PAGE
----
Luzerne County Council members should not be intimidated by county District Attorney Stefanie Salavantis’ threat of litigation seeking more budget funds, county Chief Solicitor C. David Pedri said in an email Monday.
“Whether you choose to raise the DA’s budget, keep it the same or lower it, I do not believe you should consider the District Attorney’s threat of litigation, or any other meritless threat, in your budget considerations in any way,” Pedri told council.
Pedri said he has reviewed Salavantis’ published complaints about staffing and believes the litigation she’s contemplating filing would be “without merit and not based in Pennsylvania law.”
“In addition, should District Attorney Salavantis choose to bring a lawsuit, I personally will defend the county, defraying the need and cost of outside counsel,” he wrote.
Pedri said the county’s home rule charter clearly gives council “power and discretion” to adopt a budget “in the best interest of” county citizens, and he wants to ensure council members understand that and are “comfortable” as they head into 2014 budget discussions.
Pedri’s email was in response to a media statement made by Salavantis that she was contemplating litigation. This is not new. She has been weighing the pros and cons of potential litigation since council passed its 2013 budget last December but has not pulled the trigger.
Salavantis said Monday she has not prepared a lawsuit and hopes one is not necessary.
“I reiterate I’m hoping to avoid legal action, but the current state of affairs cannot continue,” she said.
Her most pressing concern is the restoration of five assistant district attorney positions that were eliminated when she took office in 2012, she said. The positions would pay around $40,000 each plus benefits, and Salavantis said the administration has refused to consider her request, even partially, despite a steady increase in crime.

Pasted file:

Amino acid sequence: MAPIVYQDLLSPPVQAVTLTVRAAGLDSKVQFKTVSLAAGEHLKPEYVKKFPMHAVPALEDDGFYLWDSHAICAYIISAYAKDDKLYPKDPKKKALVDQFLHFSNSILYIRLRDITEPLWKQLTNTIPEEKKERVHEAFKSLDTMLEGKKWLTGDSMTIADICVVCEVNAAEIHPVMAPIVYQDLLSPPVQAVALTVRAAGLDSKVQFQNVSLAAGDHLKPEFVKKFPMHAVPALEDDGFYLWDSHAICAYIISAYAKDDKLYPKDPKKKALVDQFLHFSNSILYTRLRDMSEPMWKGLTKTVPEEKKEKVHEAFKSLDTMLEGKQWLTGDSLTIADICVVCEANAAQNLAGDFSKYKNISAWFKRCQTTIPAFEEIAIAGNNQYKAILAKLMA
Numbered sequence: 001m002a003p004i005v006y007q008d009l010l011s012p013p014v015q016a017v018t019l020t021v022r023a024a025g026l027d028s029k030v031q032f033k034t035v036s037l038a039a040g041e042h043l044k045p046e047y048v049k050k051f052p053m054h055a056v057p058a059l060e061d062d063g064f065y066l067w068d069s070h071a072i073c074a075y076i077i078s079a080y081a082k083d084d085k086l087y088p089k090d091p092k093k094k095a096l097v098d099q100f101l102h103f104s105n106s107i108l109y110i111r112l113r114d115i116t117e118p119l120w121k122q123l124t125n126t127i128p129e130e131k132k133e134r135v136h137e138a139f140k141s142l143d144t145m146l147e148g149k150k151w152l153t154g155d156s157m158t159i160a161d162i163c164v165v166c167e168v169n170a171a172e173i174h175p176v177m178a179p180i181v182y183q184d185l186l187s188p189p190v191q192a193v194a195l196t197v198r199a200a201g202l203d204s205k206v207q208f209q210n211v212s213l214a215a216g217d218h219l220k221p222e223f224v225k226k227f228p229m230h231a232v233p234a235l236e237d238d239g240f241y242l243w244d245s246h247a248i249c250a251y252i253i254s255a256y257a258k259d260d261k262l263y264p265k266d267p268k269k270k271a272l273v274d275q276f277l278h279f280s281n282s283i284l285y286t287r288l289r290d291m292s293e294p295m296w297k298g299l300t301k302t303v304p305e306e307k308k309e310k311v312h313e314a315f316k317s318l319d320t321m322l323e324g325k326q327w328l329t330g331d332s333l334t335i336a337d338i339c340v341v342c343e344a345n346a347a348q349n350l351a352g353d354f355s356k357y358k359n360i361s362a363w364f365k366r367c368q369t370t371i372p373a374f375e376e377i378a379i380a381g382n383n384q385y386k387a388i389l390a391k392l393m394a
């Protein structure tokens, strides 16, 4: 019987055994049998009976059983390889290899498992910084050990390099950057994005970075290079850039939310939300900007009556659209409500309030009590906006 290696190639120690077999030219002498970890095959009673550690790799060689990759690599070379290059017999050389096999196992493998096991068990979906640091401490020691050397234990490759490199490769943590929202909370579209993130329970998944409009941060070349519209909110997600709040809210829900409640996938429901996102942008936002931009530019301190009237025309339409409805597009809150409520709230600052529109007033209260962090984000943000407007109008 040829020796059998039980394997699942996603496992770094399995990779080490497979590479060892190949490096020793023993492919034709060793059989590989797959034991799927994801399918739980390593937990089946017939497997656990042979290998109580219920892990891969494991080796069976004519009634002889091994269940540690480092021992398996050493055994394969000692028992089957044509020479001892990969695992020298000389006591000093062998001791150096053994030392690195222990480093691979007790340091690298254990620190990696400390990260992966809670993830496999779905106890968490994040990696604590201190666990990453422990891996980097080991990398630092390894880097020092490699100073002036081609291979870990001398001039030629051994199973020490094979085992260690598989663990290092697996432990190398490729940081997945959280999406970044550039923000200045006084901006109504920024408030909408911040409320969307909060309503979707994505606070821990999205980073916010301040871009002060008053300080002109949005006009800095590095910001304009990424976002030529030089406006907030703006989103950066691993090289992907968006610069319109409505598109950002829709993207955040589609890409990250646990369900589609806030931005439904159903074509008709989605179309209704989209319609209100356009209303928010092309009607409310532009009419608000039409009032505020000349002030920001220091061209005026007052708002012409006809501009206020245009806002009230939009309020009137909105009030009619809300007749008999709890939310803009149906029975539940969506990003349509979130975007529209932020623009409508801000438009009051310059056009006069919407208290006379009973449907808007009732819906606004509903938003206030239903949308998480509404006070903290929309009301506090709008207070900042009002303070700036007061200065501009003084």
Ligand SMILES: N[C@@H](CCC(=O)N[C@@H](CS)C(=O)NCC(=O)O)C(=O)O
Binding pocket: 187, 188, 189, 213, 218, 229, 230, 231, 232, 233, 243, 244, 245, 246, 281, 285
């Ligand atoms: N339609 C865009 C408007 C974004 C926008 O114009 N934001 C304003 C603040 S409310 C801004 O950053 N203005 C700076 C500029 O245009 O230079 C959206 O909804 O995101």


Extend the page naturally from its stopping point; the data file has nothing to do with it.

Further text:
“I’m trying to work amicably with the county. A lawsuit isn’t necessary. We can work on things together, but the response I continue to receive is a straight no,” she said.
Salavantis requested $5.5 million in funds for 2013 and ended up receiving $5 million.
She took issue with Pedri’s correspondence to council, saying, “It’s an interesting position for any attorney, let alone the county solicitor, to call a potential lawsuit frivolous before reading anything outlining the claim.”
Salavantis said the county agreed to increase staff in the Public Defender’s Office in response to a still-pending budgetary legal challenge filed by former Chief Public Defender Al Flora, and her litigation would be similar.
But Attorney Kimberly D. Borland, Flora’s attorney, said the district attorney’s comparisons to the Public Defender’s Office staffing are “very misleading.”
The Public Defender’s Office has a significantly lower $2.7 million budget and the equivalent of 19 full-time attorneys, compared to 26 in the District Attorney’s Office, he said. Assistant public defenders also must represent defendants facing involuntary mental health commitments and in state parole cases — duties not covered by Salavantis’ office, he said.
Assistant public defenders must appear at about 4,000 preliminary hearings annually, compared to 50 to 100 for the District Attorney’s Office, he said. The district attorney has a larger clerical/administrative staff, six trial assistants and 10 detectives, while the public defender has no trial assistants and four investigators, he said.
“We take no position on the district attorney’s request for funding, but the comparisons to the Public Defender’s Office are just not accurate or apt,” Borland said.